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Biofilm formation by Propionibacterium acnes is associated with increased resistance to antimicrobial agents and increased production of putative virulence factors.

Research paper by Tom T Coenye, Elke E Peeters, Hans J HJ Nelis

Indexed on: 03 Apr '07Published on: 03 Apr '07Published in: Research in Microbiology



Abstract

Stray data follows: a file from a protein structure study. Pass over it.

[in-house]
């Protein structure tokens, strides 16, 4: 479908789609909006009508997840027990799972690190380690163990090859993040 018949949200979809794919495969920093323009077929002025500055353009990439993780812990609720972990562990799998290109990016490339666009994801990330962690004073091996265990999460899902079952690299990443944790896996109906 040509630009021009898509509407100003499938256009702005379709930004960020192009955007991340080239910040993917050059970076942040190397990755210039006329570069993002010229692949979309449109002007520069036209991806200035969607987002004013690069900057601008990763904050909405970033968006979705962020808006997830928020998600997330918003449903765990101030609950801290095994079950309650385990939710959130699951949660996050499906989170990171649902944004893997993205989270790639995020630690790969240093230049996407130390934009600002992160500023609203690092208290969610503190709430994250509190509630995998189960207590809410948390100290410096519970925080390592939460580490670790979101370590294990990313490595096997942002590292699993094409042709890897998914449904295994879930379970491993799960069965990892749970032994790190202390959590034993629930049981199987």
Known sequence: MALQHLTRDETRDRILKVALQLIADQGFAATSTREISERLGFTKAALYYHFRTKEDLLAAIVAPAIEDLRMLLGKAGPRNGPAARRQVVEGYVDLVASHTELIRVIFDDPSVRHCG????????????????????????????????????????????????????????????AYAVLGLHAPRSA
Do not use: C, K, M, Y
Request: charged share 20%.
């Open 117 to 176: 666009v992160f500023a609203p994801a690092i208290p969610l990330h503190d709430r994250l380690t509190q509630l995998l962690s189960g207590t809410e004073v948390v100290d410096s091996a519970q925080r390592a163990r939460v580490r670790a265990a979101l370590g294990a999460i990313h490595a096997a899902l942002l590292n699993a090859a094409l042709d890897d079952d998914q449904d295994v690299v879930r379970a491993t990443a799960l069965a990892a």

Propionibacterium acnes plays an important role in the pathogenesis of acne vulgaris, a common disorder of the pilosebaceous follicles. Recently, it was suggested that P. acnes cells residing within the follicles grow as a biofilm. In the present study, we tested the biofilm-forming ability of several P. acnes strains in a microtiter plate model. We also evaluated the resistance of biofilm-grown P. acnes towards antimicrobial agents commonly used in the treatment of acne and the production of putative virulence factors. Our results indicate that P. acnes can form biofilms in vitro. The results also show that sessile P. acnes cells are more resistant to various commonly used antimicrobial agents than planktonic cells. In addition, sessile cells produce more extracellular lipases as well as significant amounts of the quorum-sensing molecule autoinducer-2.